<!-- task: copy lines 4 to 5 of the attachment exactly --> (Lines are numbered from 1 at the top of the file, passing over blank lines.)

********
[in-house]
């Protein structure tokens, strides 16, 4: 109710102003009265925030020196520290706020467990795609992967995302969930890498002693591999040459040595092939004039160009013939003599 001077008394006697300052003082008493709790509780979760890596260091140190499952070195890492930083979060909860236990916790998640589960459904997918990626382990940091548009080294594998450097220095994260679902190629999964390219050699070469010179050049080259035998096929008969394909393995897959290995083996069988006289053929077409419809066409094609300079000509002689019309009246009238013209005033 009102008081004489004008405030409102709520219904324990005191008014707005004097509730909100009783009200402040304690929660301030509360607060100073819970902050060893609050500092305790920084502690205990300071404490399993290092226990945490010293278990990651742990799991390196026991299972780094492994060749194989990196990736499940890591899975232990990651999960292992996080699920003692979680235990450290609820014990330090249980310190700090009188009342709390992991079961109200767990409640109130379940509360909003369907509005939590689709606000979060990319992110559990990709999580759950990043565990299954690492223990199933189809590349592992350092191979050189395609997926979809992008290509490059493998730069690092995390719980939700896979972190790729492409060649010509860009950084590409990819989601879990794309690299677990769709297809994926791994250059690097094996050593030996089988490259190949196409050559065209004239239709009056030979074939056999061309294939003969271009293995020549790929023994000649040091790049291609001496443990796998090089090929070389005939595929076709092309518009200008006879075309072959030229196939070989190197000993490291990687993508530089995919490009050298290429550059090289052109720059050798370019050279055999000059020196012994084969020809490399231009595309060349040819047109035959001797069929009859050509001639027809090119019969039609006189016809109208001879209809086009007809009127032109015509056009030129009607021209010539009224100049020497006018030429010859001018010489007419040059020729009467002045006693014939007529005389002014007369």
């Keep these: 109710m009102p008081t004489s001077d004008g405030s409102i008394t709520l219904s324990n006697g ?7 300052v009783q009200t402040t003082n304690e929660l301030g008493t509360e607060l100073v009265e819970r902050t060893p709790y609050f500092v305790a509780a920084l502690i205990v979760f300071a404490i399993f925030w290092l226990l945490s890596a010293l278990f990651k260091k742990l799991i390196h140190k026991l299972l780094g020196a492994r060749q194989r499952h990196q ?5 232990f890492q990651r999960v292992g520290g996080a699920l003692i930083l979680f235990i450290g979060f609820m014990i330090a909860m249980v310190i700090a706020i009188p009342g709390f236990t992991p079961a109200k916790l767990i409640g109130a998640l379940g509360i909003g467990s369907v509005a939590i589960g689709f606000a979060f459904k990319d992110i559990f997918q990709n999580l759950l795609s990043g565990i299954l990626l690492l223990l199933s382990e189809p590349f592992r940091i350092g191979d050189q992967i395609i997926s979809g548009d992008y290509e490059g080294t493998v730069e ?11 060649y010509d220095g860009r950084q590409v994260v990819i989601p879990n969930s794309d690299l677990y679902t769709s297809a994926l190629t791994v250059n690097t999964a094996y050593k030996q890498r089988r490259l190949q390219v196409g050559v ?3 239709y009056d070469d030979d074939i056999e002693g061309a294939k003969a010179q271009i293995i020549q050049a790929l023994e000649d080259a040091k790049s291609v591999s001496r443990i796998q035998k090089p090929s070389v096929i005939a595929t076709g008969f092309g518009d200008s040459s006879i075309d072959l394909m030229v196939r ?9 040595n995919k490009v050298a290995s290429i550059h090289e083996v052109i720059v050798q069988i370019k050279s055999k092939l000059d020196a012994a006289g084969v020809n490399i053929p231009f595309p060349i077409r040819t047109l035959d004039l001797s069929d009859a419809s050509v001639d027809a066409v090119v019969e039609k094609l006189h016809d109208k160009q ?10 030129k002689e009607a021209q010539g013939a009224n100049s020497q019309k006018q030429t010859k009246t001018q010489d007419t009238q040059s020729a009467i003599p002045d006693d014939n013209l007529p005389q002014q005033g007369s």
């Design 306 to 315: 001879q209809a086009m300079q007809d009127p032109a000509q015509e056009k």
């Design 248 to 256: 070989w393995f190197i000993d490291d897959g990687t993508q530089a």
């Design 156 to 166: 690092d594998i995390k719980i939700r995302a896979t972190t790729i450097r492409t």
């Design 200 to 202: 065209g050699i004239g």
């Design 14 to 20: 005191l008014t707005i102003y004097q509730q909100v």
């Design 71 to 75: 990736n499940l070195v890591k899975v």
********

């Design 306 to 315: 001879q209809a086009m300079q007809d009127p032109a000509q015509e056009k």
């Design 248 to 256: 070989w393995f190197i000993d490291d897959g990687t993508q530089a």